To eliminate unwanted things, run a yard sale, list them online, take them to a thrift store, or donate them to a charity. The less you have, the easier it is to move your belongings cross-country.

Step 6: Develop a Packing Strategy

Packing can be a hassle, and it’s one of the time-consuming parts of moving. You can’t stuff things into boxes without a plan. Classify things by type – for instance, utensils cannot go with toiletries. Fragile items may require extra cushioning, and you might need to isolate vital documents and valuables.

Have a separate box for the essentials you will need right after arriving at your new home. Non-essentials like home décor elements, books, and anything you can do without can rest at the bottom of the packing boxes. Be sure to label every package for an easy time when unpacking.

Pro Tip for How to Move to a New State:

Start sorting and packing non-essentials weeks before the move to avoid getting overwhelmed at the last minute.

Step 7: How to Move to a New State With Professional Movers

Young woman interacting with movers at her new home

Hiring a renowned interstate moving company to help with your relocation can take a massive burden off your shoulders. However, you must learn how to hire the right movers to avoid a raw deal or scam. Ensure that the moving company has the right resources to facilitate the move from your current home to the final destination. If you want to handle a DIY move, look for a rental truck company that fits your needs.

Pointers of a Reputable Moving Company

  • Registration and Licensing: All registered interstate moving companies in the United States have a unique USDOT Number granted by the Federal Motor Carrier Safety Administration (FMCSA).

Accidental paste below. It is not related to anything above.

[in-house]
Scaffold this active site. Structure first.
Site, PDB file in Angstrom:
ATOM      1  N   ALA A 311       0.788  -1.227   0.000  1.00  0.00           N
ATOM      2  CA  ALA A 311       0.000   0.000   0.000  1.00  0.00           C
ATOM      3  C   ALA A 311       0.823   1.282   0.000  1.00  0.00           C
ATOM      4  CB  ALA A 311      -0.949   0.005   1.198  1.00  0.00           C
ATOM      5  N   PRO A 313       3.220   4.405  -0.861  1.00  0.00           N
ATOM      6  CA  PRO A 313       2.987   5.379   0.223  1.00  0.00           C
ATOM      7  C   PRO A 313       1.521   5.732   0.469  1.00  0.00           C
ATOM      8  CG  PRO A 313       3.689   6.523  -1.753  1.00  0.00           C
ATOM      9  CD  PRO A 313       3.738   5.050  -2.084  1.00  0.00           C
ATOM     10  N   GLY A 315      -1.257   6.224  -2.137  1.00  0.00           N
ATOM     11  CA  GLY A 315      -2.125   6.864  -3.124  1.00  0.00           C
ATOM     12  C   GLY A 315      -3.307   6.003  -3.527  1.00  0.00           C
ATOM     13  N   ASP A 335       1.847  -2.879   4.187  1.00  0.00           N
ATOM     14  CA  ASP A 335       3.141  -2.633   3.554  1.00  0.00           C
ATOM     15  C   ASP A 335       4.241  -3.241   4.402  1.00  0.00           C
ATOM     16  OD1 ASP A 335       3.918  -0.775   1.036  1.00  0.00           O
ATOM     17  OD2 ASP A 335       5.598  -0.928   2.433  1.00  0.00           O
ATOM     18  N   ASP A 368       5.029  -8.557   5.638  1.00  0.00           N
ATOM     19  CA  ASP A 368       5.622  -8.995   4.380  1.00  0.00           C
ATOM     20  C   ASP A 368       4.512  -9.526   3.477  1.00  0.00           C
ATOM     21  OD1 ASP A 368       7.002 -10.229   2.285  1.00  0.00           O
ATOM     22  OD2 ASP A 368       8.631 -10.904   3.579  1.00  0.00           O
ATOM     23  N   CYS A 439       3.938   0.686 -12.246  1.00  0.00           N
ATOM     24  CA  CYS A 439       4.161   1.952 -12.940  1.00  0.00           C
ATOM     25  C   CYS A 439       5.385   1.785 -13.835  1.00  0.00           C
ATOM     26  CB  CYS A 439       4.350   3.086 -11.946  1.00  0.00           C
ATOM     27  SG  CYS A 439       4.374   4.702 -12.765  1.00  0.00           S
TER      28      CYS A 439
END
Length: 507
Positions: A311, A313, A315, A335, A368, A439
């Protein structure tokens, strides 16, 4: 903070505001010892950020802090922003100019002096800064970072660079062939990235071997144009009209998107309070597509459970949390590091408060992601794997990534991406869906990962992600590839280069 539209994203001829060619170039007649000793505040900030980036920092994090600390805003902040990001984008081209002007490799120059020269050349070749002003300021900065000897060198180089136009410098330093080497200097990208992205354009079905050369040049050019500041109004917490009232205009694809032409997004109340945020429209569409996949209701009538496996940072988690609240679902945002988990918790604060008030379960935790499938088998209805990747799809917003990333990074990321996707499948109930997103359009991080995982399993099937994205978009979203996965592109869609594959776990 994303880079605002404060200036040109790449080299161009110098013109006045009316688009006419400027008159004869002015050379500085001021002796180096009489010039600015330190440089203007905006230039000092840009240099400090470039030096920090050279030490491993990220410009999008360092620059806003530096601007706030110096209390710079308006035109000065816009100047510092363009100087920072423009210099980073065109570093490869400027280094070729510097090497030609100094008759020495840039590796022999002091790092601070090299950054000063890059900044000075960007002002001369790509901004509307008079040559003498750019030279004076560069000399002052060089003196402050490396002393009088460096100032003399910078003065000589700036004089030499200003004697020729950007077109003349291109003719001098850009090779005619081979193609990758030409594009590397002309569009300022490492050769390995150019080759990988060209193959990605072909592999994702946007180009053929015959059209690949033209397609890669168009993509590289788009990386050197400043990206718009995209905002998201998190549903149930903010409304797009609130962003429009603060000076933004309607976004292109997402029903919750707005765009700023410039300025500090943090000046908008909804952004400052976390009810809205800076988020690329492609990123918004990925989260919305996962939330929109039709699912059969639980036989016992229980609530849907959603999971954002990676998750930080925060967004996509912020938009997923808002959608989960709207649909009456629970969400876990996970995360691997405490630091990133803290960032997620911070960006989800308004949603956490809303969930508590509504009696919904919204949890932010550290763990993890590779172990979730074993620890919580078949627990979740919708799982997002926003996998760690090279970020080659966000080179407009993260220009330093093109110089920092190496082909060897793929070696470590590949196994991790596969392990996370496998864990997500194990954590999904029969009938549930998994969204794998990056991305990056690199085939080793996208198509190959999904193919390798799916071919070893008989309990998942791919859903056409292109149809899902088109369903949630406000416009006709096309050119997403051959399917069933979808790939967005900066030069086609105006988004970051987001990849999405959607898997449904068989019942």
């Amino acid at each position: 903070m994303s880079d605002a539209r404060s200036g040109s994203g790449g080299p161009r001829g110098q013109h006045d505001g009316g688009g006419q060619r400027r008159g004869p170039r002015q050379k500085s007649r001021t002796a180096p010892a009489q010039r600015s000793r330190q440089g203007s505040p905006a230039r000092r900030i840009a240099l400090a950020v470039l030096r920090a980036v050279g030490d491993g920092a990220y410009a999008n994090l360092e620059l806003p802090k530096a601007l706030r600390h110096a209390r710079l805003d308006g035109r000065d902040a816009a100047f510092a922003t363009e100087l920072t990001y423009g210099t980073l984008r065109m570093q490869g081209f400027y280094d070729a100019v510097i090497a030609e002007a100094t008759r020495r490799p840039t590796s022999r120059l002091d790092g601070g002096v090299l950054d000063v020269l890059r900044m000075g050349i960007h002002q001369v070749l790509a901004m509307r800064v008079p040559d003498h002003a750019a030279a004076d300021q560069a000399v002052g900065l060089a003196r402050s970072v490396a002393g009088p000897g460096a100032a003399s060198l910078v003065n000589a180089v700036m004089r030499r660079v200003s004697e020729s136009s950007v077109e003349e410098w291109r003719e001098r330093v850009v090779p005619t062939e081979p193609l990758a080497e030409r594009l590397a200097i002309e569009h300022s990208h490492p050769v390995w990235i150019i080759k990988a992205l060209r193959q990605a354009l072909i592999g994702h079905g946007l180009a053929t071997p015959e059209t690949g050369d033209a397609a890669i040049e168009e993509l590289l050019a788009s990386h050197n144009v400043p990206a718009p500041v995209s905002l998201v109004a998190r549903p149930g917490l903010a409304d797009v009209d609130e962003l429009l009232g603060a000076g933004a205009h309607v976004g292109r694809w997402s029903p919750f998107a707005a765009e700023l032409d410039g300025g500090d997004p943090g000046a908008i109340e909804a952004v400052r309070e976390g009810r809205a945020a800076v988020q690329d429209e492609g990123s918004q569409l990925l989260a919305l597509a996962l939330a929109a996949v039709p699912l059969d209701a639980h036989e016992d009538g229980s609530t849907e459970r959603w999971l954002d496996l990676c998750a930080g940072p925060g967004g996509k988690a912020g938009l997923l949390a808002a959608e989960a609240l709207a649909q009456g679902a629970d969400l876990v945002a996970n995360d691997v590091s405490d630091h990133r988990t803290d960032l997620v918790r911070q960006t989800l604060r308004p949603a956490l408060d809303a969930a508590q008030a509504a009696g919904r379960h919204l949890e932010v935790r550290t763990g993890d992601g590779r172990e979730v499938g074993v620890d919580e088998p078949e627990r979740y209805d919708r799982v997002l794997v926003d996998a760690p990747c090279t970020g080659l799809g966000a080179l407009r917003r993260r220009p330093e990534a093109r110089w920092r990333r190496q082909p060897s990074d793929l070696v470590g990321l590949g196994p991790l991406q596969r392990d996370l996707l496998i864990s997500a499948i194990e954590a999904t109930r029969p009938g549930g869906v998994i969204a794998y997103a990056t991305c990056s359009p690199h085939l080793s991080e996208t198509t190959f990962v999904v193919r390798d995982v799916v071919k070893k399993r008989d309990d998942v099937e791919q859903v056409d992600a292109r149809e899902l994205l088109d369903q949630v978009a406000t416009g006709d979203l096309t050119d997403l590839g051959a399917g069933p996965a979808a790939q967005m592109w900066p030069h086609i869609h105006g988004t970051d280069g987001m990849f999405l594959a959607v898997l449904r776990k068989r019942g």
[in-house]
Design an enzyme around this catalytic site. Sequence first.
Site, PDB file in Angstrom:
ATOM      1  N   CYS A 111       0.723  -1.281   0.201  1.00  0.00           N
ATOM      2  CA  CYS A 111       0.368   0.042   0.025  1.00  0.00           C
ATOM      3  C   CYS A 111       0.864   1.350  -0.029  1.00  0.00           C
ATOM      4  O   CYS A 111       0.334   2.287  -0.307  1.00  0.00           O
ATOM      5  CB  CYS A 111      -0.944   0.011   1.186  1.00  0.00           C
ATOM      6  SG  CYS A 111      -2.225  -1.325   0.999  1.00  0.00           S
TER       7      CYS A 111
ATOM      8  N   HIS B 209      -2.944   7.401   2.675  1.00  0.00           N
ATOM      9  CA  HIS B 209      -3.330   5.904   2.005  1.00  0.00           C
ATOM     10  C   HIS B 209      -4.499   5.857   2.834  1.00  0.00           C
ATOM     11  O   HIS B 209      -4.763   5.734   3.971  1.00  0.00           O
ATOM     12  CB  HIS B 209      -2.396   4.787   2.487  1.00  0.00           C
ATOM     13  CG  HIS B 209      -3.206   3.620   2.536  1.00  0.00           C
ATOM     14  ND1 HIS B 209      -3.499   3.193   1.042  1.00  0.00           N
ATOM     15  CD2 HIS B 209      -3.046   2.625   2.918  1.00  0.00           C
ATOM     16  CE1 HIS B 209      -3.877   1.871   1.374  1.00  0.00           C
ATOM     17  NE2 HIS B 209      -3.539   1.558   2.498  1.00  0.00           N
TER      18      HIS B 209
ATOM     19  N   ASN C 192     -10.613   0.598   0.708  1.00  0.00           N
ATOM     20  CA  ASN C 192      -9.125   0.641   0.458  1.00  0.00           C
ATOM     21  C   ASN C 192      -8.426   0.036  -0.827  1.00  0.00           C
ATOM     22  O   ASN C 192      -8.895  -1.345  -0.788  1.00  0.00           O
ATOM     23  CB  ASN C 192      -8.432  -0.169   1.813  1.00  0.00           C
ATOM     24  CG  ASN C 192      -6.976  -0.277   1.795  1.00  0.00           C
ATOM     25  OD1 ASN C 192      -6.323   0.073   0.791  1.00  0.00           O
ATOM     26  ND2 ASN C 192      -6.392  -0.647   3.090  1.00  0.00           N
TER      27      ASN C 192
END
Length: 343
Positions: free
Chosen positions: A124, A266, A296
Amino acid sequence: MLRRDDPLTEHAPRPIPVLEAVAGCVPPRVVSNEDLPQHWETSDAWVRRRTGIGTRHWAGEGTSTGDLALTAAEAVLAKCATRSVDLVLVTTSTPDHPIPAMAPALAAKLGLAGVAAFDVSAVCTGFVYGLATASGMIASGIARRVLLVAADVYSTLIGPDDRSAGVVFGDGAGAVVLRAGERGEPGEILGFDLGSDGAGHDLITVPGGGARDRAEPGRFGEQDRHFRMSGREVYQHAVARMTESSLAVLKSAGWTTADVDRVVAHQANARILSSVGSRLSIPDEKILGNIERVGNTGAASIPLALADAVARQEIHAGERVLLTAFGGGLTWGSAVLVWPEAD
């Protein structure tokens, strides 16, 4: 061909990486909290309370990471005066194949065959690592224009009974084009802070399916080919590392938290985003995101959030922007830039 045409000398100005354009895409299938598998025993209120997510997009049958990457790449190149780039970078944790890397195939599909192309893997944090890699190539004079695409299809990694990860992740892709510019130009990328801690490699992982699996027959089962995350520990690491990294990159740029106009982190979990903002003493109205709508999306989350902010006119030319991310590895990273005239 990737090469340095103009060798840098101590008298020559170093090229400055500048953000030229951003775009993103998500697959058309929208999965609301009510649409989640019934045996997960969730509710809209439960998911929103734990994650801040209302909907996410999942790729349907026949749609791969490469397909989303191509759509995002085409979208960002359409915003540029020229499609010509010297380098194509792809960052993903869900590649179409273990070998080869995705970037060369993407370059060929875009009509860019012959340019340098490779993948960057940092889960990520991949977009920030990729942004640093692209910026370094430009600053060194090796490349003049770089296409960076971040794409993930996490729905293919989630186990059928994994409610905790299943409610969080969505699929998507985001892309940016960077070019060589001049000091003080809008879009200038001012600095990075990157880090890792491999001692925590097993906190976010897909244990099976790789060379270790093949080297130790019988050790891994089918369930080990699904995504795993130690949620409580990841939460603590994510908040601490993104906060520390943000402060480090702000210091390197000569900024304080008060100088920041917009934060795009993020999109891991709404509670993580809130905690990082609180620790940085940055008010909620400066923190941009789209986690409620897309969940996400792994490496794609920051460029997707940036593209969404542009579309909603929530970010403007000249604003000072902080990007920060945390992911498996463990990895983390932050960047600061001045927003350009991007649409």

• Experience: A moving company can only survive in business for years if it satisfies its customers.
  • Positive Reviews: Customer reviews on reputable sites like Yelp and the Better Business Bureau can suggest whether you should trust a given moving service.
  • Intermediary Stations: Having locations in your current state and where you’re moving is a sign of a company that will deliver your items.

Due diligence before hiring a mover is a critical part of how to move to a new state. Contact a few moving companies and compare their quotes.

Beware of a company that gives an estimate over the phone or internet without assessing your belongings. Additionally, don’t rush to hire someone who quotes an amount below the market average.

Pro Tip for How to Move to a New State:

Run a USDOT Number search to verify the mover’s identity, safety rating, crash information, and inspection summary.

Step 8: “Establish Domicile” in the New State

Once you have moved, establish domicile to prove yourself a legal permanent resident of the new state. It will help with your taxes. Check your state’s website for information on establishing domicile.

Note that you may have to file two tax returns for the year of relocation unless you’re moving from or to an income tax-free state. Most tax software solutions can guide you through the process.

Step 9: Apply for Another Driver’s License

Chances are you will want to drive in your new state. If so, you will need to get a new driver’s license from the local Department of Motor Vehicles (DMV). Check your state’s requirements — some have a time window for new residents to obtain their licenses.

Typical requirements for transferring your driver’s license include:

  • Your current driver’s license
  • Proof of your social security number
  • Proof of residency

The DMV can request for any additional information they deem necessary.

Step 10: How to Move to a New State Alone

Science links loneliness and social isolation to many health issues, including physical, mental, and cognitive problems. If you happen to move to a new location alone, go out and make some new friends.

Create social connections with your coworkers and groups that relate to your interests. If you can, relocate to a new state during the warmer seasons when people are out in social places. If you can, come with your pet and get a license on time so your big move is less lonely.

Now That You Know How to Move to a New State, What’s Next?

Once you’ve settled into your new home, it’s time to relax. Reach out to old friends to stay connected or start getting involved in your new community. You can also throw a house warming party after making a few friends. It’s an excellent way to meet your neighbors, acquire more friends, and get acquainted with the new state.